Janaina Oliveira is a young woman from a poor neighbourhood in one of Rio de Janeiro's suburbs with an alarmingly high rate of violence against women and girls. She is not only an advocate against violence, she is also a rapper. She belongs to a group of women who are part of a project called Minas da Rima (Girls of Rhyme), supported by the UN Women Trust Fund to Eliminate Violence Against Women.
Minas da Rima has been using hip hop music and dance to highlight issues related to gender-based violence, especially among youth. The group, made up of female hip hop enthusiasts, has been reaching out to young women to get them to share their experiences with discrimination and violence, in order to rebuild their confidence and empower them to become activists themselves in their communities.
Janaina feels that the project has had a "multiplier effect" on her and the other women in the group, encouraging them to want to reach out to more young women. She feels that her life has definitely changed for the better since joining Minas da Rima, and that it is an initiative that could really reverse the history of violence in her neighbourhood.
"The project brought access to information, something that didn't exist before," she says. "It is startling to see how the criminals are never punished, and how women end up without any rights. There are few actually aware of their right to denounce domestic violence, and it's easy to understand why. They're afraid, because even if the aggressors are caught, they can easily get out, and when they do, the situation gets worse."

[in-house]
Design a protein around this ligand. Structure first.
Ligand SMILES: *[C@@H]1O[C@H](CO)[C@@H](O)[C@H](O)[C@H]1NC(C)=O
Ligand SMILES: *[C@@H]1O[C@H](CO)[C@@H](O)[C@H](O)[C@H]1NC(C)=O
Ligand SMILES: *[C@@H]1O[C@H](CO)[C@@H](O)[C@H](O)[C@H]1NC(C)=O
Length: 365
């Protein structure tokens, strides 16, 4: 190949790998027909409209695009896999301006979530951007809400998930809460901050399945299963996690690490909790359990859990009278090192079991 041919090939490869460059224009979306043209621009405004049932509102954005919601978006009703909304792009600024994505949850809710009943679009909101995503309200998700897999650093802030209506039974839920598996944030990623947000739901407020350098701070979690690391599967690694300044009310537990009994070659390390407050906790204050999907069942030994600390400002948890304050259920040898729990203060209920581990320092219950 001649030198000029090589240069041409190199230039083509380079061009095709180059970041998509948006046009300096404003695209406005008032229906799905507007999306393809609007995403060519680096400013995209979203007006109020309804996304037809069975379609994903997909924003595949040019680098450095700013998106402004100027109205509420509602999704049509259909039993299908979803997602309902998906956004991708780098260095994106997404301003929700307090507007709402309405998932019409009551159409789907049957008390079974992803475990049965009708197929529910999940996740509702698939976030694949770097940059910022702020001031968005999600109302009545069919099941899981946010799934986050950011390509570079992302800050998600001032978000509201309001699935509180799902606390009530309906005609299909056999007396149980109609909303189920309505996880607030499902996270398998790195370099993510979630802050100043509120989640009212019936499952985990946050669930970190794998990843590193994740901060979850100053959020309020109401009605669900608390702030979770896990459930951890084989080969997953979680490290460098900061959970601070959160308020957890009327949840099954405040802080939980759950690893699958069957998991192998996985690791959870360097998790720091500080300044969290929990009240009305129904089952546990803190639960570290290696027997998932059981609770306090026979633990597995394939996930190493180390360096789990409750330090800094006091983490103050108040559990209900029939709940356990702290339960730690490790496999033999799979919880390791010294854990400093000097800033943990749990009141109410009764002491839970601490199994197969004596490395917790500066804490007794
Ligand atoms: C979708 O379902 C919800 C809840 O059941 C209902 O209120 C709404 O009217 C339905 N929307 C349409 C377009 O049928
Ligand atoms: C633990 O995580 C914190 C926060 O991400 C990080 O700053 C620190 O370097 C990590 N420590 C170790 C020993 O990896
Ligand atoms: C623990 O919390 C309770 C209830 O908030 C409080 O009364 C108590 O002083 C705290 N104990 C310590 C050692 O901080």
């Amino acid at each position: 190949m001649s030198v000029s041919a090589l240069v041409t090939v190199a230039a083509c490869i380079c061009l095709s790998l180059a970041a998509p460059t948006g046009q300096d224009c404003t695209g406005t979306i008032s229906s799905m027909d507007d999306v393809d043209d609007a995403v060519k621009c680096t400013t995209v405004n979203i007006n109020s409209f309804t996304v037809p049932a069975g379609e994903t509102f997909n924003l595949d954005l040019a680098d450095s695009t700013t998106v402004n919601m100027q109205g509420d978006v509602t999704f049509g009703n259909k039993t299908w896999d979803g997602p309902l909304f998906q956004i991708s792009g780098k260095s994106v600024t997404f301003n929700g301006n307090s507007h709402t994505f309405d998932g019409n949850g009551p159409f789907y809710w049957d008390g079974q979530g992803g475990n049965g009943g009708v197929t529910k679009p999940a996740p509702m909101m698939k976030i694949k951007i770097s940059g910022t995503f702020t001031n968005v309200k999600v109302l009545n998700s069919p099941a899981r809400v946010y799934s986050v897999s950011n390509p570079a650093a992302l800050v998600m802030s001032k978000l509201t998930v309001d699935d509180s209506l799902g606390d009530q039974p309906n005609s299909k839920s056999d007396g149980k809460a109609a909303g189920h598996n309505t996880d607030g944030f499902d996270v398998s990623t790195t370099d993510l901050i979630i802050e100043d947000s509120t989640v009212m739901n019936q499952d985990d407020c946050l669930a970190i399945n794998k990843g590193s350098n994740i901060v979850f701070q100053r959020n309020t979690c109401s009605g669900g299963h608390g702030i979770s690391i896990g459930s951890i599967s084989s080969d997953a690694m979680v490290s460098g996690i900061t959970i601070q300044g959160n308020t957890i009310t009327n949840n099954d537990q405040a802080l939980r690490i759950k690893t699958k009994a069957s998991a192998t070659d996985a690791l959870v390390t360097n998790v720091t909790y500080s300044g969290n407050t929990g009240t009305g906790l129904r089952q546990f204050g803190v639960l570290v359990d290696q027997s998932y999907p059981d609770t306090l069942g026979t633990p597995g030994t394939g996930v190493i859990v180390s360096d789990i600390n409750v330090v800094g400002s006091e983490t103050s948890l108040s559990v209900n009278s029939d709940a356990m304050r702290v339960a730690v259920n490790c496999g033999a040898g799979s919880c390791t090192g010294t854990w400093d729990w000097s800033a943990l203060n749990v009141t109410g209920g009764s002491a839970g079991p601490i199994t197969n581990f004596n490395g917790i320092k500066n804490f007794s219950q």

Janaina says that her decision to join the fight against violence came from her learning through the project of the challenges facing women who are abused. She wants to do something about it — "It's important to demand from our congressmen to approve more severe laws that address this problem, because there are more women dying at home, as a result of domestic violence, than in wars."
The rapper will soon launch a video clip that condemns domestic violence, and she expects that its broadcast on TV will open up an important space for a more intense debate around the issue. "It is important that women have access to information, that they fight for their rights, so that in the next elections we can choose better and demand a more solid legislation, one that guarantees our protection," she says.
Minas da Rima is the beneficiary of financial assistance from the UN Trust Fund to End Violence against Women, via a grant to Comunicação Educação e Informação em Gênero (CEMINA) in 2004 for the project titled "The Women of the Hip Hop Culture United for the Elimination of VAW."
(Story Date: 17 November 2005)